The Combined Cadet Force at Rugby School was formed in 1860 and to this day plays an important part in the life of the School. Although it runs primarily on Thursday afternoons, there are at least two activity days each year that may involve overnight camps. The cadets make good use of the School’s extensive grounds up at Springhill, but many activities take place off site such as live round firing, obstacle courses, sailing and climbing. In addition, cadets can pursue the Duke of Edinburgh’s Award Scheme, initially by attending the annual week-long camp during the Easter break for the E-Block.
While the CCF is run along military lines it is not a precursor to military service or seen as a promotional organisation for the regular army. What is provided is an environment and focus whereby our pupils can acquire leadership skills, team working capabilities and camaraderie through discipline, service and adventurous activities. Pupils usually enter in the E Block (Year 10), after passing a short trial at the end of the F Block (Year 9), and sign up initially for two years. Some of our senior cadets stay for four years and it is also possible to join in the D Block (Year 11) or LXX (Lower Sixth).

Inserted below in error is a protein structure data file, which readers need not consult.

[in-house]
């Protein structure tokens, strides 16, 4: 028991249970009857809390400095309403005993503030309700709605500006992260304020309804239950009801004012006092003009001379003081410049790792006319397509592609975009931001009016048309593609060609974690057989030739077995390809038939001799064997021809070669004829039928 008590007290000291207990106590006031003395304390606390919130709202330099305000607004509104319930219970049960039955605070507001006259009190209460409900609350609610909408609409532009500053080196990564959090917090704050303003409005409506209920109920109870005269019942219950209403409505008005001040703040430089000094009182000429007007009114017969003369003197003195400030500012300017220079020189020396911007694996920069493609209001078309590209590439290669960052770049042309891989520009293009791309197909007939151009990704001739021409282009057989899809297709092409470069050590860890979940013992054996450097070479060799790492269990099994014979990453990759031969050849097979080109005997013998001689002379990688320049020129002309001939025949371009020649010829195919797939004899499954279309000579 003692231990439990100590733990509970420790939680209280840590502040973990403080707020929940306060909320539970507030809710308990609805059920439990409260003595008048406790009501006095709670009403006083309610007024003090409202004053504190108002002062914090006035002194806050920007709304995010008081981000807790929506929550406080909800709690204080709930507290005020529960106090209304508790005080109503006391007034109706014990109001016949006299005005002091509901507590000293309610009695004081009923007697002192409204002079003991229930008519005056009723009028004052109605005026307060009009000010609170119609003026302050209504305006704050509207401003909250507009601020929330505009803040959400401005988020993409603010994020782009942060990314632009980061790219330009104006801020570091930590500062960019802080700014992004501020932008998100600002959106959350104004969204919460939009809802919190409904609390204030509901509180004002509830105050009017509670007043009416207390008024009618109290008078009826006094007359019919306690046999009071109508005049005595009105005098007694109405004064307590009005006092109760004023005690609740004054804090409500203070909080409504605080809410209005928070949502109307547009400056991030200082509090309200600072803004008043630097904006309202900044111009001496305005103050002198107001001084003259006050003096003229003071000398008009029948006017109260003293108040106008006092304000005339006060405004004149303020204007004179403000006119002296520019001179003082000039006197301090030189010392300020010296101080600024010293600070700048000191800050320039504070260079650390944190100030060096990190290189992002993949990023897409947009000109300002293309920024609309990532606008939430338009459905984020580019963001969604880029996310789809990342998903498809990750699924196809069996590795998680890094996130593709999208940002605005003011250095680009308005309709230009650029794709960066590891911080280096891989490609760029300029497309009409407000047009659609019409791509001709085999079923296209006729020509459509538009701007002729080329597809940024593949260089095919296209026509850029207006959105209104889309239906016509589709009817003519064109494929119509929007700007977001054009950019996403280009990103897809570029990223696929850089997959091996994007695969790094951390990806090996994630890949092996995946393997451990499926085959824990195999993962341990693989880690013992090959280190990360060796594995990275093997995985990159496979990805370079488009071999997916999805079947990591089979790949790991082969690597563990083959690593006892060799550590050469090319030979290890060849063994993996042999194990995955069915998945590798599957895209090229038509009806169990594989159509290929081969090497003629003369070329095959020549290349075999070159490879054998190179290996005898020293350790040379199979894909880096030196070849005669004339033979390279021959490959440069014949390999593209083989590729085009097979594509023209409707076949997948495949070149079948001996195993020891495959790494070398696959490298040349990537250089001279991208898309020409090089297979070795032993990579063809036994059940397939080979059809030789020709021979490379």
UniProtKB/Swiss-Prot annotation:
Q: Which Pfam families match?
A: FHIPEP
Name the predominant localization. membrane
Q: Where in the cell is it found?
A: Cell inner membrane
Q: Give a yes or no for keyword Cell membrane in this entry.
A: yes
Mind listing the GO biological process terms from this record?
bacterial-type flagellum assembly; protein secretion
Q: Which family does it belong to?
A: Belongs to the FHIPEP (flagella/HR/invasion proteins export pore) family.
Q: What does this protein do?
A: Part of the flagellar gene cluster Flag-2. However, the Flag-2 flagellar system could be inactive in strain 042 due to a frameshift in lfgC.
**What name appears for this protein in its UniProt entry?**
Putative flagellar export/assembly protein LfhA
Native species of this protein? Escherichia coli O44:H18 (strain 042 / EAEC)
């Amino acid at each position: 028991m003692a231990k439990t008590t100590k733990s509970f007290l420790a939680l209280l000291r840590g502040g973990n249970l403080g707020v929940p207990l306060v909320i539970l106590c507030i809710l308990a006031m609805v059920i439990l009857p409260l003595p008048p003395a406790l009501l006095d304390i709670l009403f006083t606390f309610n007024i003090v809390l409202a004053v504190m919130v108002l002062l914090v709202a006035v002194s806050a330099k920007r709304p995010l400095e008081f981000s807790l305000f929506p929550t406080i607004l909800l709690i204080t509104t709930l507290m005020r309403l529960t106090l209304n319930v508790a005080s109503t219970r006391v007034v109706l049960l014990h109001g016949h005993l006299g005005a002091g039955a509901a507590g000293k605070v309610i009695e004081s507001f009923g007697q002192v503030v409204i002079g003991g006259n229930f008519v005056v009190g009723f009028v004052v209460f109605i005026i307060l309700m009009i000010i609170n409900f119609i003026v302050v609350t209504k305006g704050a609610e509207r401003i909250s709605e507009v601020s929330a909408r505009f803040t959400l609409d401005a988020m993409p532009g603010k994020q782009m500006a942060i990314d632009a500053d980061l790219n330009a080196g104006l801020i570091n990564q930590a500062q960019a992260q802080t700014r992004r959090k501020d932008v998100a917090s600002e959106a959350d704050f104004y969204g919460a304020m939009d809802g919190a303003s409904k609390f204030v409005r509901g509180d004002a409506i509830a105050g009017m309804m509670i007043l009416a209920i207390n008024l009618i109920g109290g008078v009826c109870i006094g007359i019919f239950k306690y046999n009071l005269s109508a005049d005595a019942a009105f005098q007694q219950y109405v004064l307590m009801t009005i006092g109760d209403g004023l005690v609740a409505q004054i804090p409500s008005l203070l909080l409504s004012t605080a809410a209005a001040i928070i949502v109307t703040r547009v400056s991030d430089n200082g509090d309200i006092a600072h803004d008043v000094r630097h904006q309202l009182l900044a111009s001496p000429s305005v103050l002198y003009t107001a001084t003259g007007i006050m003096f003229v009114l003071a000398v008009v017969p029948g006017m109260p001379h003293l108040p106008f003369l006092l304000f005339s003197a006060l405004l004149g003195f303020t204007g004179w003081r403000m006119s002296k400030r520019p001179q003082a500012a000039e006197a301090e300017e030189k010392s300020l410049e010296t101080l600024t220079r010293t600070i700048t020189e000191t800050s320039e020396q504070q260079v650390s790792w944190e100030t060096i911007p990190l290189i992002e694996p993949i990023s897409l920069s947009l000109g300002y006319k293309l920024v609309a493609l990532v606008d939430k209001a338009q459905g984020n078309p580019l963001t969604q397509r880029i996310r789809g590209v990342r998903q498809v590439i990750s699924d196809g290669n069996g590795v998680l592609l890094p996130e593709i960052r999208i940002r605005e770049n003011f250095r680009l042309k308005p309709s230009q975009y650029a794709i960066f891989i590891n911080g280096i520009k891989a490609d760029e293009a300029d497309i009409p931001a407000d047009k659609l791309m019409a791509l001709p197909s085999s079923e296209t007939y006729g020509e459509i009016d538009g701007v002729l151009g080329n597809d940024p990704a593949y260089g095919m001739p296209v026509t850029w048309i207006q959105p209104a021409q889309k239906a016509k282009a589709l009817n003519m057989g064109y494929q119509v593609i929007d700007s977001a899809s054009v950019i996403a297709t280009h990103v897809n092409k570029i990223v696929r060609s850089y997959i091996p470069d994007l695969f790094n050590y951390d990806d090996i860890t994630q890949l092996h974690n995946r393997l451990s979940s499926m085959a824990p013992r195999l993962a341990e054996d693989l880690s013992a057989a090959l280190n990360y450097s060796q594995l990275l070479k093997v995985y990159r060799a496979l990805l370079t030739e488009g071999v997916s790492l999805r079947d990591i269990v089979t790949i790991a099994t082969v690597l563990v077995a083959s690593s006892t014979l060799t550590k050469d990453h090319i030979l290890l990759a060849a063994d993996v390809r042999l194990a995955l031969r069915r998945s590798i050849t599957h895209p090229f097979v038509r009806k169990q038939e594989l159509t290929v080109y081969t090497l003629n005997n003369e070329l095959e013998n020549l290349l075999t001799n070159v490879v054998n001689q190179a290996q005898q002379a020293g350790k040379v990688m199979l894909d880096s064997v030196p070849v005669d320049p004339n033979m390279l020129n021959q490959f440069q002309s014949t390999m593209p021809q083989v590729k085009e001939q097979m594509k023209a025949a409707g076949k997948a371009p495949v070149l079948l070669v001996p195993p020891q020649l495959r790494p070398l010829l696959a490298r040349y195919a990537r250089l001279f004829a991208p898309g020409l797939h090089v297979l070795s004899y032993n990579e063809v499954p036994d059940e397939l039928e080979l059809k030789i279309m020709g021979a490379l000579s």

All cadets undergo a rigorous first term of training where they learn a variety of essential skills such as weapon handling and camp craft. All lessons are taken by more senior cadets who have worked their way up through a structured hierarchy. This enables the better cadets to lead sections of up to eight cadets or platoons of three sections in the full range of CCF activities. Senior cadets will be responsible for much of the training of their younger peers.
Towards the end of their first term cadets have the choice of three branches of the CCF. These are the Army, the RAF and the Royal Marines. Each section has its own proud history and set of traditions. The Army make up the bulk of the contingent and are affiliated to the Royal Regiment of Fusiliers. Those cadets joining the RAF get the chance to fly during their time here and the Royal Marines provide an opportunity for the more physically minded to prove themselves and enter the prestigious Pringle Competition.
Whichever area the cadets choose they are sure to have some exhilarating experiences and most have great pride in what they do. Above all, the CCF is what the cadets make it.